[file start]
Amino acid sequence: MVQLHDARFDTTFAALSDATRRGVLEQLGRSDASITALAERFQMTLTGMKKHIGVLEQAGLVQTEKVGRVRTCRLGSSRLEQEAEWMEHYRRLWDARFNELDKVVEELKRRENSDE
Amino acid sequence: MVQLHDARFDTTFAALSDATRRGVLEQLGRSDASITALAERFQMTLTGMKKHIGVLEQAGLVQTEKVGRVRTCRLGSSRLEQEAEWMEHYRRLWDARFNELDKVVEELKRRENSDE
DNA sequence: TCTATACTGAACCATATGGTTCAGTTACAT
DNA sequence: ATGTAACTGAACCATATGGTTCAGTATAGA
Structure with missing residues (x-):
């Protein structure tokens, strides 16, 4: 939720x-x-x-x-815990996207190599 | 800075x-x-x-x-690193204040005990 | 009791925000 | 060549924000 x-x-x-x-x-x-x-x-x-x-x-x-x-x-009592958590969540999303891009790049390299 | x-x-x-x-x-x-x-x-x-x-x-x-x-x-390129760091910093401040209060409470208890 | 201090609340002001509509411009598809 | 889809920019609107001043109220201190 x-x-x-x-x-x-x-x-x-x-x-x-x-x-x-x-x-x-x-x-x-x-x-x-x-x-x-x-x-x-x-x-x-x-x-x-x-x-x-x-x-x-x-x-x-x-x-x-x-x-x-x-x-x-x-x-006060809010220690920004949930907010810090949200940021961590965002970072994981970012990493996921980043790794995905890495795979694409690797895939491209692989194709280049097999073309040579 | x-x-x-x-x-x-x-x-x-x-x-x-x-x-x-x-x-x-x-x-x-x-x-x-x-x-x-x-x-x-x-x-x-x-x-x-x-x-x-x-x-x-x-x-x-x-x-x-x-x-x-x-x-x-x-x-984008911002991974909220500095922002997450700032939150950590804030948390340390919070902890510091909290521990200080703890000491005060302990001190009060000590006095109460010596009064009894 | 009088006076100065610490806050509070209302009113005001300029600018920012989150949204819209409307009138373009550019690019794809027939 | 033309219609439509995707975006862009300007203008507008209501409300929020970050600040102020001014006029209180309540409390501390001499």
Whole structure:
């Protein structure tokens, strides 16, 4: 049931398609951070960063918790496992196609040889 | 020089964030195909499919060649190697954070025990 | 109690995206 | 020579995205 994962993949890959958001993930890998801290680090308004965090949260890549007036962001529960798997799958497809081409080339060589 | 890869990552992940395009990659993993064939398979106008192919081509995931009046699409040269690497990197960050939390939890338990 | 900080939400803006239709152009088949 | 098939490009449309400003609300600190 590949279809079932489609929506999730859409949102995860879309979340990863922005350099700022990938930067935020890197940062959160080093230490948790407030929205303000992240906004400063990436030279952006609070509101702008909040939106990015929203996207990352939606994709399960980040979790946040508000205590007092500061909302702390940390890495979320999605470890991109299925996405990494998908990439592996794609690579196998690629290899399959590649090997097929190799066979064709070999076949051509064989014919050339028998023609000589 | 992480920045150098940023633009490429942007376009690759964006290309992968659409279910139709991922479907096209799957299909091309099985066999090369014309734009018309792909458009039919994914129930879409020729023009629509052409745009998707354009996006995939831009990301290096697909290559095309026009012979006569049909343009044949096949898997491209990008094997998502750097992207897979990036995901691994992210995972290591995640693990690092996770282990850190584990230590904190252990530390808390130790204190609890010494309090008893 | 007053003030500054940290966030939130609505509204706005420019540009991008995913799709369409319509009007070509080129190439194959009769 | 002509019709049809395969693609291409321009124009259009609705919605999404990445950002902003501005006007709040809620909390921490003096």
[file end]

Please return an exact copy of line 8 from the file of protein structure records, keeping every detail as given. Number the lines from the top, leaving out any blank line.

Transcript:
């Protein structure tokens, strides 16, 4: 049931398609951070960063918790496992196609040889 | 020089964030195909499919060649190697954070025990 | 109690995206 | 020579995205 994962993949890959958001993930890998801290680090308004965090949260890549007036962001529960798997799958497809081409080339060589 | 890869990552992940395009990659993993064939398979106008192919081509995931009046699409040269690497990197960050939390939890338990 | 900080939400803006239709152009088949 | 098939490009449309400003609300600190 590949279809079932489609929506999730859409949102995860879309979340990863922005350099700022990938930067935020890197940062959160080093230490948790407030929205303000992240906004400063990436030279952006609070509101702008909040939106990015929203996207990352939606994709399960980040979790946040508000205590007092500061909302702390940390890495979320999605470890991109299925996405990494998908990439592996794609690579196998690629290899399959590649090997097929190799066979064709070999076949051509064989014919050339028998023609000589 | 992480920045150098940023633009490429942007376009690759964006290309992968659409279910139709991922479907096209799957299909091309099985066999090369014309734009018309792909458009039919994914129930879409020729023009629509052409745009998707354009996006995939831009990301290096697909290559095309026009012979006569049909343009044949096949898997491209990008094997998502750097992207897979990036995901691994992210995972290591995640693990690092996770282990850190584990230590904190252990530390808390130790204190609890010494309090008893 | 007053003030500054940290966030939130609505509204706005420019540009991008995913799709369409319509009007070509080129190439194959009769 | 002509019709049809395969693609291409321009124009259009609705919605999404990445950002902003501005006007709040809620909390921490003096």